Studying and Constructing History: A Historian’s Take, pp. 5 of 7

This by itself was a very interesting story but if I had confined myself to the court documents, I would probably have been one of the proverbial blind (wo)men, touching the trunk of the elephant and thus forming a mental picture of the elephant. But the happy problem in late imperial Chinese history, especially from the Ming dynasty onwards, is the historian is almost never short of primary documents for research. When I turned to the local provincial records – the local histories or local gazetteers – I discovered therein different narratives about the wokou. The local histories tell of how coastal populations suffered because the maritime prohibition impinged upon their traditional livelihoods of fishing and trade. As a result, many turned to maritime activities despite the illegality simply because they had no other options. Even the local officials, representatives of the Emperor, colluded in these proscribed activities, simply because local government finances depended upon the lucrative but illegal maritime trade. Hence, despite the injunction that all foreigners could only trade in China at appointed ports and predetermined times, the officials themselves willingly closed an eye to the arrival of the Portuguese in Canton and even reached an unofficial agreement that led eventually to the establishment of Portuguese Macau.[v] The traditional Chinese saying “The mountains are high, and the emperor is far away” has never rang truer. 

When these local narratives are further juxtaposed against grassroots records in the form of lineage genealogical records of the people living outside of the provincial cities, in the towns and villages, yet a third narrative emerged. While the local gazetteers, often compiled with official sponsorship, tell the story of the wokou, described as incursions against the state, and extolled the heroism of those who stood up to them as exemplars of loyalty to the Emperor, the people in the affected areas, supposedly under siege and attack from the wokou, were in fact going through a busy period of construction and consolidation. They were building lineage temples, buying land to create lineage corporate estates, setting up schools and charitable organizations and even feuding with one another, all supposedly in the period where their home region was under attack from the wokou. With three competing narratives, how was the historian to make sense of these “undigested happenings” that William Cronon alluded to.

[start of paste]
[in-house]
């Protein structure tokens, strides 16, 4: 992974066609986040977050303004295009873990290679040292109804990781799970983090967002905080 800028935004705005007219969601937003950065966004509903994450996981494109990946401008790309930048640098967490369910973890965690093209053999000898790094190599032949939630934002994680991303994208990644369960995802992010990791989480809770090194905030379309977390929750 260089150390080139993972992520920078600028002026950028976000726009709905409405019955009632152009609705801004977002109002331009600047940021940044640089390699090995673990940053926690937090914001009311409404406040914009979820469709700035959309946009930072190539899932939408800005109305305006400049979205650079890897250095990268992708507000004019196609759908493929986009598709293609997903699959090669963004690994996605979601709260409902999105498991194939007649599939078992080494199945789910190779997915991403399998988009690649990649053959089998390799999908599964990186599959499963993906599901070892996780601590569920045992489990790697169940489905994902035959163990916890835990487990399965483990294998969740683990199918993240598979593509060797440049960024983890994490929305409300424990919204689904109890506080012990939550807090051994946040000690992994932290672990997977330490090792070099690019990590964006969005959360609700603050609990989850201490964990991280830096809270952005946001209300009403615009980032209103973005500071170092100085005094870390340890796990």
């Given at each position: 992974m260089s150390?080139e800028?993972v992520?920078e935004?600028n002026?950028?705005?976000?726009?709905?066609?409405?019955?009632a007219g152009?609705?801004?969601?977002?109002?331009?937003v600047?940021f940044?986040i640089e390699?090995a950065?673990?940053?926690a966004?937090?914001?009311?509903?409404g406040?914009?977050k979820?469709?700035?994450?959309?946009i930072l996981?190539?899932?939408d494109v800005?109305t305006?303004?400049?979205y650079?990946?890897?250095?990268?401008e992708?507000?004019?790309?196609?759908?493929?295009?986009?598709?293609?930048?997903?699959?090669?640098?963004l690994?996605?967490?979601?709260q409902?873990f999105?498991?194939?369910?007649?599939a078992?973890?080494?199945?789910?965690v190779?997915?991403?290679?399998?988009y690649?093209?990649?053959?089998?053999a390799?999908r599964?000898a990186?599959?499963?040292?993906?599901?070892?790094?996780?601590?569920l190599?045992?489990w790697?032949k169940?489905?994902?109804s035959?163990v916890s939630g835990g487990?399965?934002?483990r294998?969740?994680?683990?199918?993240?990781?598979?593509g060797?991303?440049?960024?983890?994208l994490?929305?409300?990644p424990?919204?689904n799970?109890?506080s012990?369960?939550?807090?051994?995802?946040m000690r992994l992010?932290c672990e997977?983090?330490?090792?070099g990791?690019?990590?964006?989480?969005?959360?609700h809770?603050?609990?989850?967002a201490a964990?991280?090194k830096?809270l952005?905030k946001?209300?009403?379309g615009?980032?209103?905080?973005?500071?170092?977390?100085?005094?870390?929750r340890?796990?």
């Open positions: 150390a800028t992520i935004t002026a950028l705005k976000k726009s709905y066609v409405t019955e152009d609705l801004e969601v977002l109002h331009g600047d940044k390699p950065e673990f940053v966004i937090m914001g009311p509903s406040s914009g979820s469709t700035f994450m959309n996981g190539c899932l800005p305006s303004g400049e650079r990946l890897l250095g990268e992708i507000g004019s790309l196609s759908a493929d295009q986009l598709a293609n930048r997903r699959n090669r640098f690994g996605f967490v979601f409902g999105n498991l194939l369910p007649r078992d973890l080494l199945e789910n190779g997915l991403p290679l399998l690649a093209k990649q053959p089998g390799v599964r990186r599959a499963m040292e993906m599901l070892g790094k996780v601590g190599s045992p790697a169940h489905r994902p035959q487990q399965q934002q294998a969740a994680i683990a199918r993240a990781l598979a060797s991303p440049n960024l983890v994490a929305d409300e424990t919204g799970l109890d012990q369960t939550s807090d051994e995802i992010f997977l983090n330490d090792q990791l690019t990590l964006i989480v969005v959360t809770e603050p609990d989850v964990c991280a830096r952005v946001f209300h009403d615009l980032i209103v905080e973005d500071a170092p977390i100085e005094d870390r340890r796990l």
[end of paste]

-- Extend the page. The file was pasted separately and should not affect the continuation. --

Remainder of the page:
It is this process of making sense of these competing (or sometimes complementary) narratives that exemplifies, for me, the difference between academic history and school history. Historians rarely have the good fortune of going to an archive and reading a set of documents to find the answer they seek staring at them. It takes first of all serendipity to find in, say a genealogy spanning twenty odd volumes and numbering thousands of pages, the letter or essay or biography that tells you exactly what that particular lineage or family had done during the wokou raids in their hometown. Most of the time (at least 95% of the time actually), the opposite rings true. The historian sits in the archive trawling through volumes of documents and spending days before actually finding a document that might even be remotely useful. Diverse pieces of information had to be connected mentally before the outlines of the story could be arrived at, and even then, the outlines may be blurred and indistinct and a lot more work had to be put in before they are clarified.

An Inspiring Quote

"[Open-mindedness] includes an active desire to listen to more sides than one; to give heed to facts from whatever source they come; to give full attention to alternative possibilities; to recognize the possibility of error even in the beliefs that are dearest to us."

~ John Dewey, How We Think

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